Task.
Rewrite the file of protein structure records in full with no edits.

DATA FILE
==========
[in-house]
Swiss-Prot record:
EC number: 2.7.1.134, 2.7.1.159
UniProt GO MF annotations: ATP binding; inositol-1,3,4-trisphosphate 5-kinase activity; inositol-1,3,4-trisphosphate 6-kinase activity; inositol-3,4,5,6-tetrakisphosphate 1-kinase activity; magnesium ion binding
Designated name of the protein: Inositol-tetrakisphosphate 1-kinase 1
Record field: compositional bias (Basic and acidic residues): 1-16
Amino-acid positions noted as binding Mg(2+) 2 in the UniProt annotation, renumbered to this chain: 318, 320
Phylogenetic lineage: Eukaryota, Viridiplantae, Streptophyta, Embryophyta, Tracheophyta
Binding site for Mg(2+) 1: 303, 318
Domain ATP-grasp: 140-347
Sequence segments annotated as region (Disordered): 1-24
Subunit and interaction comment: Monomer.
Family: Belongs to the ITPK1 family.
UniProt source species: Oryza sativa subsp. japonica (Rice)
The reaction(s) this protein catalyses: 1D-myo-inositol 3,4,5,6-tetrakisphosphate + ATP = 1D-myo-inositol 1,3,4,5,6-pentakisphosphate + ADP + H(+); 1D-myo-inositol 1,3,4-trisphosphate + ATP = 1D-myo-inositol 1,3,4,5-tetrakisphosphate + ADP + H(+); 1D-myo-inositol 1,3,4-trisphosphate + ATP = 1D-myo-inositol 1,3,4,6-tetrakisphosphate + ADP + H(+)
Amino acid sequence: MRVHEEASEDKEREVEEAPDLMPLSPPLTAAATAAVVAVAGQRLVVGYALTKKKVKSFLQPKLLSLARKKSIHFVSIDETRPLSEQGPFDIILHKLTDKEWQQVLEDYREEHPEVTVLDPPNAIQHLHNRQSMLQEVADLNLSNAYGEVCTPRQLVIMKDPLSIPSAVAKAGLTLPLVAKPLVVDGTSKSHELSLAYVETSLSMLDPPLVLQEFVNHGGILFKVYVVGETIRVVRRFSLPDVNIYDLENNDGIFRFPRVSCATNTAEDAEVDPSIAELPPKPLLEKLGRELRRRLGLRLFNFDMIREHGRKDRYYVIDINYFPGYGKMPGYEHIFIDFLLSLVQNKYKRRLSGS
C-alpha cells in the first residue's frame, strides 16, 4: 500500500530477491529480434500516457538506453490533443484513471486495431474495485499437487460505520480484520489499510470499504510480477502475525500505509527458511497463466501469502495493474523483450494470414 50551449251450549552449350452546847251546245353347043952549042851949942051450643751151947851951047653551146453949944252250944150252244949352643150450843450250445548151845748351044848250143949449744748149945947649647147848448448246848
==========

[in-house]
Swiss-Prot record:
EC number: 2.7.1.134, 2.7.1.159
UniProt GO MF annotations: ATP binding; inositol-1,3,4-trisphosphate 5-kinase activity; inositol-1,3,4-trisphosphate 6-kinase activity; inositol-3,4,5,6-tetrakisphosphate 1-kinase activity; magnesium ion binding
Designated name of the protein: Inositol-tetrakisphosphate 1-kinase 1
Record field: compositional bias (Basic and acidic residues): 1-16
Amino-acid positions noted as binding Mg(2+) 2 in the UniProt annotation, renumbered to this chain: 318, 320
Phylogenetic lineage: Eukaryota, Viridiplantae, Streptophyta, Embryophyta, Tracheophyta
Binding site for Mg(2+) 1: 303, 318
Domain ATP-grasp: 140-347
Sequence segments annotated as region (Disordered): 1-24
Subunit and interaction comment: Monomer.
Family: Belongs to the ITPK1 family.
UniProt source species: Oryza sativa subsp. japonica (Rice)
The reaction(s) this protein catalyses: 1D-myo-inositol 3,4,5,6-tetrakisphosphate + ATP = 1D-myo-inositol 1,3,4,5,6-pentakisphosphate + ADP + H(+); 1D-myo-inositol 1,3,4-trisphosphate + ATP = 1D-myo-inositol 1,3,4,5-tetrakisphosphate + ADP + H(+); 1D-myo-inositol 1,3,4-trisphosphate + ATP = 1D-myo-inositol 1,3,4,6-tetrakisphosphate + ADP + H(+)
Amino acid sequence: MRVHEEASEDKEREVEEAPDLMPLSPPLTAAATAAVVAVAGQRLVVGYALTKKKVKSFLQPKLLSLARKKSIHFVSIDETRPLSEQGPFDIILHKLTDKEWQQVLEDYREEHPEVTVLDPPNAIQHLHNRQSMLQEVADLNLSNAYGEVCTPRQLVIMKDPLSIPSAVAKAGLTLPLVAKPLVVDGTSKSHELSLAYVETSLSMLDPPLVLQEFVNHGGILFKVYVVGETIRVVRRFSLPDVNIYDLENNDGIFRFPRVSCATNTAEDAEVDPSIAELPPKPLLEKLGRELRRRLGLRLFNFDMIREHGRKDRYYVIDINYFPGYGKMPGYEHIFIDFLLSLVQNKYKRRLSGS
C-alpha cells in the first residue's frame, strides 16, 4: 500500500530477491529480434500516457538506453490533443484513471486495431474495485499437487460505520480484520489499510470499504510480477502475525500505509527458511497463466501469502495493474523483450494470414 50551449251450549552449350452546847251546245353347043952549042851949942051450643751151947851951047653551146453949944252250944150252244949352643150450843450250445548151845748351044848250143949449744748149945947649647147848448448246848